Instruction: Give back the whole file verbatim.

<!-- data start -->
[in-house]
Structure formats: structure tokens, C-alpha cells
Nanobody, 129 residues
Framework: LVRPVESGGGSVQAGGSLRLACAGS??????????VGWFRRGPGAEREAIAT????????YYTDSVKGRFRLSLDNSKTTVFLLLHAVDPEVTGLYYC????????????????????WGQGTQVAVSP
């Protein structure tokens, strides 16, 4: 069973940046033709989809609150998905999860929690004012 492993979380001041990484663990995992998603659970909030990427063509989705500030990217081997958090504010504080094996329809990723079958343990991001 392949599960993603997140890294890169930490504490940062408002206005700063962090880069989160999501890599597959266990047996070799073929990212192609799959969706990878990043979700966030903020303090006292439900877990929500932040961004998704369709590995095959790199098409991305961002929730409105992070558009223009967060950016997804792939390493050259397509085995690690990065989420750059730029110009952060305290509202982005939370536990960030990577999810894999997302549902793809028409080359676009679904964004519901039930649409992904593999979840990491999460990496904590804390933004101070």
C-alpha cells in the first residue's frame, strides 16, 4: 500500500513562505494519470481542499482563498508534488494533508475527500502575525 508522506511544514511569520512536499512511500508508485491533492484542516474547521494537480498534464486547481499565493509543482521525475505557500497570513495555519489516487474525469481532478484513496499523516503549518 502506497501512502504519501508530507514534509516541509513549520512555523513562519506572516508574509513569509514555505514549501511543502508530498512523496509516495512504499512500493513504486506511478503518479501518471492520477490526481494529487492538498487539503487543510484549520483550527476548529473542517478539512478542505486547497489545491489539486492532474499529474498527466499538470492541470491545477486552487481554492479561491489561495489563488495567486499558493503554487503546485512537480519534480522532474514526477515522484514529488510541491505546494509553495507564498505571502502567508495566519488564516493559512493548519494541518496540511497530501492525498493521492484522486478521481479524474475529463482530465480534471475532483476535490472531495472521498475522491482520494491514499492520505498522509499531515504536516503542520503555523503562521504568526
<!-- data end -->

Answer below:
[in-house]
Structure formats: structure tokens, C-alpha cells
Nanobody, 129 residues
Framework: LVRPVESGGGSVQAGGSLRLACAGS??????????VGWFRRGPGAEREAIAT????????YYTDSVKGRFRLSLDNSKTTVFLLLHAVDPEVTGLYYC????????????????????WGQGTQVAVSP
């Protein structure tokens, strides 16, 4: 069973940046033709989809609150998905999860929690004012 492993979380001041990484663990995992998603659970909030990427063509989705500030990217081997958090504010504080094996329809990723079958343990991001 392949599960993603997140890294890169930490504490940062408002206005700063962090880069989160999501890599597959266990047996070799073929990212192609799959969706990878990043979700966030903020303090006292439900877990929500932040961004998704369709590995095959790199098409991305961002929730409105992070558009223009967060950016997804792939390493050259397509085995690690990065989420750059730029110009952060305290509202982005939370536990960030990577999810894999997302549902793809028409080359676009679904964004519901039930649409992904593999979840990491999460990496904590804390933004101070």
C-alpha cells in the first residue's frame, strides 16, 4: 500500500513562505494519470481542499482563498508534488494533508475527500502575525 508522506511544514511569520512536499512511500508508485491533492484542516474547521494537480498534464486547481499565493509543482521525475505557500497570513495555519489516487474525469481532478484513496499523516503549518 502506497501512502504519501508530507514534509516541509513549520512555523513562519506572516508574509513569509514555505514549501511543502508530498512523496509516495512504499512500493513504486506511478503518479501518471492520477490526481494529487492538498487539503487543510484549520483550527476548529473542517478539512478542505486547497489545491489539486492532474499529474498527466499538470492541470491545477486552487481554492479561491489561495489563488495567486499558493503554487503546485512537480519534480522532474514526477515522484514529488510541491505546494509553495507564498505571502502567508495566519488564516493559512493548519494541518496540511497530501492525498493521492484522486478521481479524474475529463482530465480534471475532483476535490472531495472521498475522491482520494491514499492520505498522509499531515504536516503542520503555523503562521504568526